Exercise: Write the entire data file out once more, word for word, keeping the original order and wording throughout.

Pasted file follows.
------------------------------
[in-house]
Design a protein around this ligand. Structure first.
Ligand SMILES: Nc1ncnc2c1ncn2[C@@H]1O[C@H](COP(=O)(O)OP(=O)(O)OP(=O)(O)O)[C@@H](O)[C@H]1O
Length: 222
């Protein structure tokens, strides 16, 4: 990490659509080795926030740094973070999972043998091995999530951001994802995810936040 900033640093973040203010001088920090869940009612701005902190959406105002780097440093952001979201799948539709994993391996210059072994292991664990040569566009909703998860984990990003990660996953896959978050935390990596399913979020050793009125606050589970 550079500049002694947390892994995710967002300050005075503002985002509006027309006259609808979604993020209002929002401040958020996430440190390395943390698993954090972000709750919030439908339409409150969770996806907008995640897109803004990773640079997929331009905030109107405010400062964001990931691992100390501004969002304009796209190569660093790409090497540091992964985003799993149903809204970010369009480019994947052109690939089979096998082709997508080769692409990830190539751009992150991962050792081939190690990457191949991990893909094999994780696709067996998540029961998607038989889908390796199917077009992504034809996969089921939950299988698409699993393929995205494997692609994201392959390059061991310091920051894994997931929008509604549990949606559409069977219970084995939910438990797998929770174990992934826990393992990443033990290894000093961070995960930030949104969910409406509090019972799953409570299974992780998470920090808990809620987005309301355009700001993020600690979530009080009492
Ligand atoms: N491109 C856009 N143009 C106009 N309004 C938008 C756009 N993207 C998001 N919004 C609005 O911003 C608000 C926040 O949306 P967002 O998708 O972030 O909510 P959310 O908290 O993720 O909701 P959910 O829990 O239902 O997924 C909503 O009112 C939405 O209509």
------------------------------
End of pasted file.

[in-house]
Design a protein around this ligand. Structure first.
Ligand SMILES: Nc1ncnc2c1ncn2[C@@H]1O[C@H](COP(=O)(O)OP(=O)(O)OP(=O)(O)O)[C@@H](O)[C@H]1O
Length: 222
């Protein structure tokens, strides 16, 4: 990490659509080795926030740094973070999972043998091995999530951001994802995810936040 900033640093973040203010001088920090869940009612701005902190959406105002780097440093952001979201799948539709994993391996210059072994292991664990040569566009909703998860984990990003990660996953896959978050935390990596399913979020050793009125606050589970 550079500049002694947390892994995710967002300050005075503002985002509006027309006259609808979604993020209002929002401040958020996430440190390395943390698993954090972000709750919030439908339409409150969770996806907008995640897109803004990773640079997929331009905030109107405010400062964001990931691992100390501004969002304009796209190569660093790409090497540091992964985003799993149903809204970010369009480019994947052109690939089979096998082709997508080769692409990830190539751009992150991962050792081939190690990457191949991990893909094999994780696709067996998540029961998607038989889908390796199917077009992504034809996969089921939950299988698409699993393929995205494997692609994201392959390059061991310091920051894994997931929008509604549990949606559409069977219970084995939910438990797998929770174990992934826990393992990443033990290894000093961070995960930030949104969910409406509090019972799953409570299974992780998470920090808990809620987005309301355009700001993020600690979530009080009492
Ligand atoms: N491109 C856009 N143009 C106009 N309004 C938008 C756009 N993207 C998001 N919004 C609005 O911003 C608000 C926040 O949306 P967002 O998708 O972030 O909510 P959310 O908290 O993720 O909701 P959910 O829990 O239902 O997924 C909503 O009112 C939405 O209509």